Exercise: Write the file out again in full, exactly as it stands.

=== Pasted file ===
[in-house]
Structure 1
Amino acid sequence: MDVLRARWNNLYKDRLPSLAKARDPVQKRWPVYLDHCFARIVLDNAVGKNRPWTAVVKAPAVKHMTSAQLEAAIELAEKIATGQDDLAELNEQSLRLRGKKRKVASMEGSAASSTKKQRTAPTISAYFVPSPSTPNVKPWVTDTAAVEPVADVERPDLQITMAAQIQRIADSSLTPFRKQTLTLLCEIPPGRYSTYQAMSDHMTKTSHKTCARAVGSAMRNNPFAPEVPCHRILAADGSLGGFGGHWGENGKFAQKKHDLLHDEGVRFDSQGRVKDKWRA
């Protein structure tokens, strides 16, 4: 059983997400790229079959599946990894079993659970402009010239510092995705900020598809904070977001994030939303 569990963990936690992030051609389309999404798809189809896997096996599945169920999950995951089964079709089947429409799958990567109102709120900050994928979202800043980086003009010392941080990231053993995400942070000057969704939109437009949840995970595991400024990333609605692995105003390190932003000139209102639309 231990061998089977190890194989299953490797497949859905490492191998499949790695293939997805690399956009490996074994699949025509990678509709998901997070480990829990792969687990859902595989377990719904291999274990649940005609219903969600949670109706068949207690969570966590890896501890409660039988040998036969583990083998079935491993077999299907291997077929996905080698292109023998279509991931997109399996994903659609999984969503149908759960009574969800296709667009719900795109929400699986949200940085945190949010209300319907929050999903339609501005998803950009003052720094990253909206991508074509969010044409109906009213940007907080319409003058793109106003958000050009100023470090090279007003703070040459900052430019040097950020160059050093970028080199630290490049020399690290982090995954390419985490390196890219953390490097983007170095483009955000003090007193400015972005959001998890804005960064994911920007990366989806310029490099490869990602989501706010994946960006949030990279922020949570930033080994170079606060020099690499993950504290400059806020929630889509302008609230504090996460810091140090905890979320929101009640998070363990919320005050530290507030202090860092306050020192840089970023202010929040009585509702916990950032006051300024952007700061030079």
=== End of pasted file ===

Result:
[in-house]
Structure 1
Amino acid sequence: MDVLRARWNNLYKDRLPSLAKARDPVQKRWPVYLDHCFARIVLDNAVGKNRPWTAVVKAPAVKHMTSAQLEAAIELAEKIATGQDDLAELNEQSLRLRGKKRKVASMEGSAASSTKKQRTAPTISAYFVPSPSTPNVKPWVTDTAAVEPVADVERPDLQITMAAQIQRIADSSLTPFRKQTLTLLCEIPPGRYSTYQAMSDHMTKTSHKTCARAVGSAMRNNPFAPEVPCHRILAADGSLGGFGGHWGENGKFAQKKHDLLHDEGVRFDSQGRVKDKWRA
């Protein structure tokens, strides 16, 4: 059983997400790229079959599946990894079993659970402009010239510092995705900020598809904070977001994030939303 569990963990936690992030051609389309999404798809189809896997096996599945169920999950995951089964079709089947429409799958990567109102709120900050994928979202800043980086003009010392941080990231053993995400942070000057969704939109437009949840995970595991400024990333609605692995105003390190932003000139209102639309 231990061998089977190890194989299953490797497949859905490492191998499949790695293939997805690399956009490996074994699949025509990678509709998901997070480990829990792969687990859902595989377990719904291999274990649940005609219903969600949670109706068949207690969570966590890896501890409660039988040998036969583990083998079935491993077999299907291997077929996905080698292109023998279509991931997109399996994903659609999984969503149908759960009574969800296709667009719900795109929400699986949200940085945190949010209300319907929050999903339609501005998803950009003052720094990253909206991508074509969010044409109906009213940007907080319409003058793109106003958000050009100023470090090279007003703070040459900052430019040097950020160059050093970028080199630290490049020399690290982090995954390419985490390196890219953390490097983007170095483009955000003090007193400015972005959001998890804005960064994911920007990366989806310029490099490869990602989501706010994946960006949030990279922020949570930033080994170079606060020099690499993950504290400059806020929630889509302008609230504090996460810091140090905890979320929101009640998070363990919320005050530290507030202090860092306050020192840089970023202010929040009585509702916990950032006051300024952007700061030079």